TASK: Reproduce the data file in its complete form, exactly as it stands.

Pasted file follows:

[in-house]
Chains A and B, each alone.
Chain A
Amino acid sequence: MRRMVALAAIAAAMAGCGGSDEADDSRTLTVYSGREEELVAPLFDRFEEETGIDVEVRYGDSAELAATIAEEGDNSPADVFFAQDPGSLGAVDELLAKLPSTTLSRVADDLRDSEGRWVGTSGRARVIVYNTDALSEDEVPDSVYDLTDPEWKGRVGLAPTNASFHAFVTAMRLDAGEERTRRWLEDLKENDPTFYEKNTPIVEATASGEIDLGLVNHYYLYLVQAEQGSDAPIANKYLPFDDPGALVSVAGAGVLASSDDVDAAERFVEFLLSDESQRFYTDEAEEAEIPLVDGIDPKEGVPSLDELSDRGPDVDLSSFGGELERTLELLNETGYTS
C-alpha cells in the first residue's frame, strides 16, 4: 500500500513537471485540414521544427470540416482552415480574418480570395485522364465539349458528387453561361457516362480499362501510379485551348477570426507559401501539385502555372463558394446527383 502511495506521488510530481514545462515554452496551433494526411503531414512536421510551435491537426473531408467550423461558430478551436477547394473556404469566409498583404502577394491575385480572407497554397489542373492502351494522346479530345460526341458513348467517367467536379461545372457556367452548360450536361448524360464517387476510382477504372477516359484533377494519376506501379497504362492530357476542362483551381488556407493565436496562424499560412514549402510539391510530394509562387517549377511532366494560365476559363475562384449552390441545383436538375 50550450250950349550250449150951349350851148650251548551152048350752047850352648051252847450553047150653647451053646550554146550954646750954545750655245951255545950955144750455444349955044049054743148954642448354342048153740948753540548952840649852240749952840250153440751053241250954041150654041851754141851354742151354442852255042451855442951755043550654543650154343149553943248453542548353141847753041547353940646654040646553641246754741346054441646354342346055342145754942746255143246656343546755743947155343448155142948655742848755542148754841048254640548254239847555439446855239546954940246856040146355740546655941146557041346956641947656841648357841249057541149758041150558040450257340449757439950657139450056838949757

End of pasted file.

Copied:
[in-house]
Chains A and B, each alone.
Chain A
Amino acid sequence: MRRMVALAAIAAAMAGCGGSDEADDSRTLTVYSGREEELVAPLFDRFEEETGIDVEVRYGDSAELAATIAEEGDNSPADVFFAQDPGSLGAVDELLAKLPSTTLSRVADDLRDSEGRWVGTSGRARVIVYNTDALSEDEVPDSVYDLTDPEWKGRVGLAPTNASFHAFVTAMRLDAGEERTRRWLEDLKENDPTFYEKNTPIVEATASGEIDLGLVNHYYLYLVQAEQGSDAPIANKYLPFDDPGALVSVAGAGVLASSDDVDAAERFVEFLLSDESQRFYTDEAEEAEIPLVDGIDPKEGVPSLDELSDRGPDVDLSSFGGELERTLELLNETGYTS
C-alpha cells in the first residue's frame, strides 16, 4: 500500500513537471485540414521544427470540416482552415480574418480570395485522364465539349458528387453561361457516362480499362501510379485551348477570426507559401501539385502555372463558394446527383 502511495506521488510530481514545462515554452496551433494526411503531414512536421510551435491537426473531408467550423461558430478551436477547394473556404469566409498583404502577394491575385480572407497554397489542373492502351494522346479530345460526341458513348467517367467536379461545372457556367452548360450536361448524360464517387476510382477504372477516359484533377494519376506501379497504362492530357476542362483551381488556407493565436496562424499560412514549402510539391510530394509562387517549377511532366494560365476559363475562384449552390441545383436538375 50550450250950349550250449150951349350851148650251548551152048350752047850352648051252847450553047150653647451053646550554146550954646750954545750655245951255545950955144750455444349955044049054743148954642448354342048153740948753540548952840649852240749952840250153440751053241250954041150654041851754141851354742151354442852255042451855442951755043550654543650154343149553943248453542548353141847753041547353940646654040646553641246754741346054441646354342346055342145754942746255143246656343546755743947155343448155142948655742848755542148754841048254640548254239847555439446855239546954940246856040146355740546655941146557041346956641947656841648357841249057541149758041150558040450257340449757439950657139450056838949757